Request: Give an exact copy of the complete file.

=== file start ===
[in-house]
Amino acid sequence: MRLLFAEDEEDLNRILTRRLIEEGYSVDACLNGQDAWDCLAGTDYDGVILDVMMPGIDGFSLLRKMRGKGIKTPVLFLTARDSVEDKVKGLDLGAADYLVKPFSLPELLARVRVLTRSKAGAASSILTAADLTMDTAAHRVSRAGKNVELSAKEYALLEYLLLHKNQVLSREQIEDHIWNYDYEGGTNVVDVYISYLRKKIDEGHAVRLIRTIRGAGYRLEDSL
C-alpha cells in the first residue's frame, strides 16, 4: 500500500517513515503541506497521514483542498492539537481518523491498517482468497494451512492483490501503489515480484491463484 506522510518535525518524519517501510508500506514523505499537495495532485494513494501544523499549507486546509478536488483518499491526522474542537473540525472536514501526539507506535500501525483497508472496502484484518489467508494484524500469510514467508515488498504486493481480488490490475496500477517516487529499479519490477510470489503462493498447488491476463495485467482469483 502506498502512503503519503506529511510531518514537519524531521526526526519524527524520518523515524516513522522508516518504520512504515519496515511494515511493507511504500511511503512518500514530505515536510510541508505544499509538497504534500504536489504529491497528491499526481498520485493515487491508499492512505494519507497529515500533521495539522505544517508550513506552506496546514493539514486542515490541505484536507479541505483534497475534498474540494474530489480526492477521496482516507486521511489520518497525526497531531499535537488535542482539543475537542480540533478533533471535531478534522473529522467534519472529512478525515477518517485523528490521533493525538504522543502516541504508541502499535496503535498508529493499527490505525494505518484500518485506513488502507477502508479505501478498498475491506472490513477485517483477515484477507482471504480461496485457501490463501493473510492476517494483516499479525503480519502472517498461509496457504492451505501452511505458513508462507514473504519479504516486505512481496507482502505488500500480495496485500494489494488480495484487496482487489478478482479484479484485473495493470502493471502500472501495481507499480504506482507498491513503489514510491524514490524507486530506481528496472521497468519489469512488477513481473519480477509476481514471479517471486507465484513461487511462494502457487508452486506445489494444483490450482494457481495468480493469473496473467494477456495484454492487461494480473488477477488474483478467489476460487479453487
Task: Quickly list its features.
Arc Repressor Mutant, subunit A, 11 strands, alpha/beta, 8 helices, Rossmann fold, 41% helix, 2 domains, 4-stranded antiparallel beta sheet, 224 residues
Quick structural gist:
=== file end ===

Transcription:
[in-house]
Amino acid sequence: MRLLFAEDEEDLNRILTRRLIEEGYSVDACLNGQDAWDCLAGTDYDGVILDVMMPGIDGFSLLRKMRGKGIKTPVLFLTARDSVEDKVKGLDLGAADYLVKPFSLPELLARVRVLTRSKAGAASSILTAADLTMDTAAHRVSRAGKNVELSAKEYALLEYLLLHKNQVLSREQIEDHIWNYDYEGGTNVVDVYISYLRKKIDEGHAVRLIRTIRGAGYRLEDSL
C-alpha cells in the first residue's frame, strides 16, 4: 500500500517513515503541506497521514483542498492539537481518523491498517482468497494451512492483490501503489515480484491463484 506522510518535525518524519517501510508500506514523505499537495495532485494513494501544523499549507486546509478536488483518499491526522474542537473540525472536514501526539507506535500501525483497508472496502484484518489467508494484524500469510514467508515488498504486493481480488490490475496500477517516487529499479519490477510470489503462493498447488491476463495485467482469483 502506498502512503503519503506529511510531518514537519524531521526526526519524527524520518523515524516513522522508516518504520512504515519496515511494515511493507511504500511511503512518500514530505515536510510541508505544499509538497504534500504536489504529491497528491499526481498520485493515487491508499492512505494519507497529515500533521495539522505544517508550513506552506496546514493539514486542515490541505484536507479541505483534497475534498474540494474530489480526492477521496482516507486521511489520518497525526497531531499535537488535542482539543475537542480540533478533533471535531478534522473529522467534519472529512478525515477518517485523528490521533493525538504522543502516541504508541502499535496503535498508529493499527490505525494505518484500518485506513488502507477502508479505501478498498475491506472490513477485517483477515484477507482471504480461496485457501490463501493473510492476517494483516499479525503480519502472517498461509496457504492451505501452511505458513508462507514473504519479504516486505512481496507482502505488500500480495496485500494489494488480495484487496482487489478478482479484479484485473495493470502493471502500472501495481507499480504506482507498491513503489514510491524514490524507486530506481528496472521497468519489469512488477513481473519480477509476481514471479517471486507465484513461487511462494502457487508452486506445489494444483490450482494457481495468480493469473496473467494477456495484454492487461494480473488477477488474483478467489476460487479453487
Task: Quickly list its features.
Arc Repressor Mutant, subunit A, 11 strands, alpha/beta, 8 helices, Rossmann fold, 41% helix, 2 domains, 4-stranded antiparallel beta sheet, 224 residues
Quick structural gist: